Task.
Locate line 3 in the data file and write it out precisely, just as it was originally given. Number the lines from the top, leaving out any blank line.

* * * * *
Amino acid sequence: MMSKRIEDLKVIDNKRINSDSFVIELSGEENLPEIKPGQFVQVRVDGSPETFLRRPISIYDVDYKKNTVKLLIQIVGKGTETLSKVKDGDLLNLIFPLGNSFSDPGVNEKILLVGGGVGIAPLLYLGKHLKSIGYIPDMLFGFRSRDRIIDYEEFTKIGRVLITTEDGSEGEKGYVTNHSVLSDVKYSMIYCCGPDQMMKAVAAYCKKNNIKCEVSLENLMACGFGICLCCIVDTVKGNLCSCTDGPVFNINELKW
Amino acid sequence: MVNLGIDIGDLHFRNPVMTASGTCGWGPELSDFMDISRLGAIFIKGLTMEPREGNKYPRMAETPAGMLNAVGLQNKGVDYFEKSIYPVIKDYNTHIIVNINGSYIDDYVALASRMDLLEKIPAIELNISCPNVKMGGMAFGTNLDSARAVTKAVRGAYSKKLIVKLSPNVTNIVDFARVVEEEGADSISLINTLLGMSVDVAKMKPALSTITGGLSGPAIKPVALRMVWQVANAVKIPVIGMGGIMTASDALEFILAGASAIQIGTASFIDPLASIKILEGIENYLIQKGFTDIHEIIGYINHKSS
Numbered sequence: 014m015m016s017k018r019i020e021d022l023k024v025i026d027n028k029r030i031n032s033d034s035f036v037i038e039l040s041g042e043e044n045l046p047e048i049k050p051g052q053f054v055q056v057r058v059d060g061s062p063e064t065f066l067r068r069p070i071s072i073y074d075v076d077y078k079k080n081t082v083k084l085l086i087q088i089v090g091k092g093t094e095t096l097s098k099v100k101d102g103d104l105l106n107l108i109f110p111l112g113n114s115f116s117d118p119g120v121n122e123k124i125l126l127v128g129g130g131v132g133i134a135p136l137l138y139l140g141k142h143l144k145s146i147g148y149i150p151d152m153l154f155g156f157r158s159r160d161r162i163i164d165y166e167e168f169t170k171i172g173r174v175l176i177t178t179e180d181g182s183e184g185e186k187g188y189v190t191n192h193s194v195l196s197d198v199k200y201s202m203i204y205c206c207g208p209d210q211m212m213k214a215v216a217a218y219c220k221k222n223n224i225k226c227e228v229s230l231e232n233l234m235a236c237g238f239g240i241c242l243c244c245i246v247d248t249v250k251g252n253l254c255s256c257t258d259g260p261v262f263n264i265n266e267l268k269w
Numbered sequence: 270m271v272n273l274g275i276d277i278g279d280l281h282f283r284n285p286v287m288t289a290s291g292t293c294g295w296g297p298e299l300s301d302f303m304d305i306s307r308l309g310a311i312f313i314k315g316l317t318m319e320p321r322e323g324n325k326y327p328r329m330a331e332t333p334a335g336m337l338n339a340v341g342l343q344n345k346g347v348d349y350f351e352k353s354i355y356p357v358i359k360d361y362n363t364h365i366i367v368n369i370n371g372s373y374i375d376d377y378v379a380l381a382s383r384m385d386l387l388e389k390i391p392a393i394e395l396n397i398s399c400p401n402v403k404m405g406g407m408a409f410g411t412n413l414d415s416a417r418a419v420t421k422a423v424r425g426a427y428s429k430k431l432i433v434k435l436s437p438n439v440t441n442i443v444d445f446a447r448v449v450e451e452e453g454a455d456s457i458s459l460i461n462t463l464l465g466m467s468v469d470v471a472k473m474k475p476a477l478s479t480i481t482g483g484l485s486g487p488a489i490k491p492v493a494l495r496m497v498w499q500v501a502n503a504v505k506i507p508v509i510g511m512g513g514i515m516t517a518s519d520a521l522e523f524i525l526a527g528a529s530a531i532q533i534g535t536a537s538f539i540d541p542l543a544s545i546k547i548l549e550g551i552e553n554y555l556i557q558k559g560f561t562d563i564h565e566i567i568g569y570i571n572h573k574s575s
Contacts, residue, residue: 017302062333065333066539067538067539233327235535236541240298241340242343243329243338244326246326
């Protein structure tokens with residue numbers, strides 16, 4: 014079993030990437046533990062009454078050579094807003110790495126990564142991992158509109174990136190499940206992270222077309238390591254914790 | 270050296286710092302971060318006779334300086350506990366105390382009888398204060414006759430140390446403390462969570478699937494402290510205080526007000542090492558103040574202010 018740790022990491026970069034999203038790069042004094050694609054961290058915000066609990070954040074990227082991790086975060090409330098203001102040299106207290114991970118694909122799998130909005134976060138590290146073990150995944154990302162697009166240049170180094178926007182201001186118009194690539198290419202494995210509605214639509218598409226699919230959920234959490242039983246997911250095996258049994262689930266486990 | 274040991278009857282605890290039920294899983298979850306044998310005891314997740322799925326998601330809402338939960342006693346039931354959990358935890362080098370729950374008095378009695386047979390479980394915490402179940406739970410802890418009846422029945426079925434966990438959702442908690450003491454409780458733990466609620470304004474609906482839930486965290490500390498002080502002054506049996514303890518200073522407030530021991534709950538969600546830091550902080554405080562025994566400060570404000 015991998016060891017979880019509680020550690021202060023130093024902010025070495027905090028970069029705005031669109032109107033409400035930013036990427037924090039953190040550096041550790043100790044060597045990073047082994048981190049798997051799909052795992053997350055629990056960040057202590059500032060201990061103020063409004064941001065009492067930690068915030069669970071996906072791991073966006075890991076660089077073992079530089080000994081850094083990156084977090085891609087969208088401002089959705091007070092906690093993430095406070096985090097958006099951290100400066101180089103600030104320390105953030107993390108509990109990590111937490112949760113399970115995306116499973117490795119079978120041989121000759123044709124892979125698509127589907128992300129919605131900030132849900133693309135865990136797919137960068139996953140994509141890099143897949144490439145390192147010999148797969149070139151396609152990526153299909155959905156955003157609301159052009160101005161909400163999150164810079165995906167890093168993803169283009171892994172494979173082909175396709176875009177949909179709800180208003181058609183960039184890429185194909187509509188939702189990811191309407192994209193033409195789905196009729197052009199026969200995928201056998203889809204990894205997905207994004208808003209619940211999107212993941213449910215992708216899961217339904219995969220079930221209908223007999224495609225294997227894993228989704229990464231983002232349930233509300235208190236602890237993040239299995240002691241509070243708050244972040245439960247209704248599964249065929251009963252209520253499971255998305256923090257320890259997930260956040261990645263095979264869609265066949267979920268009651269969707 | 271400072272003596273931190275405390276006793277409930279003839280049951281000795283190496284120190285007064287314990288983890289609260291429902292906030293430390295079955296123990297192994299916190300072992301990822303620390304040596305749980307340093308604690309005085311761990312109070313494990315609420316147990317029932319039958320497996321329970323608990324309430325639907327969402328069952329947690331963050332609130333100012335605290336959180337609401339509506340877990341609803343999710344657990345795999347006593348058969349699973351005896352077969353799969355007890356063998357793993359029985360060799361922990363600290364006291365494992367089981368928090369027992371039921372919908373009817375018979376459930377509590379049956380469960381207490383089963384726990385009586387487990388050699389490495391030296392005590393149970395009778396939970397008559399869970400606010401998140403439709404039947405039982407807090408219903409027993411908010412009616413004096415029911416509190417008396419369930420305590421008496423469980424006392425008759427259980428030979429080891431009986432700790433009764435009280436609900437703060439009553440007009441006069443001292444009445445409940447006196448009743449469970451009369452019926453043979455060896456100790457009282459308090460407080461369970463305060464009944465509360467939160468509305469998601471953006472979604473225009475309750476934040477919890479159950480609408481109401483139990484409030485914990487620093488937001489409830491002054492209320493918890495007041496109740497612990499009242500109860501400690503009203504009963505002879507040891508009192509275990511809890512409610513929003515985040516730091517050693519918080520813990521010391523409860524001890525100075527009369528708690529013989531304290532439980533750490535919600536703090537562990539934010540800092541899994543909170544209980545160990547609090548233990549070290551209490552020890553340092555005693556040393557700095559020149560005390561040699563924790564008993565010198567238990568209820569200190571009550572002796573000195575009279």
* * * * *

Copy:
Numbered sequence: 014m015m016s017k018r019i020e021d022l023k024v025i026d027n028k029r030i031n032s033d034s035f036v037i038e039l040s041g042e043e044n045l046p047e048i049k050p051g052q053f054v055q056v057r058v059d060g061s062p063e064t065f066l067r068r069p070i071s072i073y074d075v076d077y078k079k080n081t082v083k084l085l086i087q088i089v090g091k092g093t094e095t096l097s098k099v100k101d102g103d104l105l106n107l108i109f110p111l112g113n114s115f116s117d118p119g120v121n122e123k124i125l126l127v128g129g130g131v132g133i134a135p136l137l138y139l140g141k142h143l144k145s146i147g148y149i150p151d152m153l154f155g156f157r158s159r160d161r162i163i164d165y166e167e168f169t170k171i172g173r174v175l176i177t178t179e180d181g182s183e184g185e186k187g188y189v190t191n192h193s194v195l196s197d198v199k200y201s202m203i204y205c206c207g208p209d210q211m212m213k214a215v216a217a218y219c220k221k222n223n224i225k226c227e228v229s230l231e232n233l234m235a236c237g238f239g240i241c242l243c244c245i246v247d248t249v250k251g252n253l254c255s256c257t258d259g260p261v262f263n264i265n266e267l268k269w